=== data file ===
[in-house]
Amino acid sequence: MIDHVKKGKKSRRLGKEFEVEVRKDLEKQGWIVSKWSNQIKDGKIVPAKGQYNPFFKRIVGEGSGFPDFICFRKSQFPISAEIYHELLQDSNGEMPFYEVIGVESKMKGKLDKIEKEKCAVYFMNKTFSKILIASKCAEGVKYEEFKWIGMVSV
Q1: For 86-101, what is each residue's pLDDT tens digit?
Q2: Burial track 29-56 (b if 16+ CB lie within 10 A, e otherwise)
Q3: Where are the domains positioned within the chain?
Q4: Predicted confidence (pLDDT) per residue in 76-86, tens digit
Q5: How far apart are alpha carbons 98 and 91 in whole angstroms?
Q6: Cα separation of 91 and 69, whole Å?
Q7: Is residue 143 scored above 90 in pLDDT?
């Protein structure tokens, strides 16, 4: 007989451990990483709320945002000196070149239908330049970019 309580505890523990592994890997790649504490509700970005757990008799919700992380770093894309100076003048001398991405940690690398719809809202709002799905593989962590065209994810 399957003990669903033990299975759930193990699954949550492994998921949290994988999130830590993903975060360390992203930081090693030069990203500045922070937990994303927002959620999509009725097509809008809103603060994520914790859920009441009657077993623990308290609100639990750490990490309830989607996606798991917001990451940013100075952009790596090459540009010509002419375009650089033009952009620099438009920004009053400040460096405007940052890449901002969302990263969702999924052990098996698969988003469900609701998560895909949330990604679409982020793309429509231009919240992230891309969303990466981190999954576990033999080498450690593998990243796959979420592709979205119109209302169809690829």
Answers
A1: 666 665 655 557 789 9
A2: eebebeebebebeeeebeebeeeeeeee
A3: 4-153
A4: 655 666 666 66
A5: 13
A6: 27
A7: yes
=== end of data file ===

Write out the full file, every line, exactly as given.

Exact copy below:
[in-house]
Amino acid sequence: MIDHVKKGKKSRRLGKEFEVEVRKDLEKQGWIVSKWSNQIKDGKIVPAKGQYNPFFKRIVGEGSGFPDFICFRKSQFPISAEIYHELLQDSNGEMPFYEVIGVESKMKGKLDKIEKEKCAVYFMNKTFSKILIASKCAEGVKYEEFKWIGMVSV
Q1: For 86-101, what is each residue's pLDDT tens digit?
Q2: Burial track 29-56 (b if 16+ CB lie within 10 A, e otherwise)
Q3: Where are the domains positioned within the chain?
Q4: Predicted confidence (pLDDT) per residue in 76-86, tens digit
Q5: How far apart are alpha carbons 98 and 91 in whole angstroms?
Q6: Cα separation of 91 and 69, whole Å?
Q7: Is residue 143 scored above 90 in pLDDT?
């Protein structure tokens, strides 16, 4: 007989451990990483709320945002000196070149239908330049970019 309580505890523990592994890997790649504490509700970005757990008799919700992380770093894309100076003048001398991405940690690398719809809202709002799905593989962590065209994810 399957003990669903033990299975759930193990699954949550492994998921949290994988999130830590993903975060360390992203930081090693030069990203500045922070937990994303927002959620999509009725097509809008809103603060994520914790859920009441009657077993623990308290609100639990750490990490309830989607996606798991917001990451940013100075952009790596090459540009010509002419375009650089033009952009620099438009920004009053400040460096405007940052890449901002969302990263969702999924052990098996698969988003469900609701998560895909949330990604679409982020793309429509231009919240992230891309969303990466981190999954576990033999080498450690593998990243796959979420592709979205119109209302169809690829």
Answers
A1: 666 665 655 557 789 9
A2: eebebeebebebeeeebeebeeeeeeee
A3: 4-153
A4: 655 666 666 66
A5: 13
A6: 27
A7: yes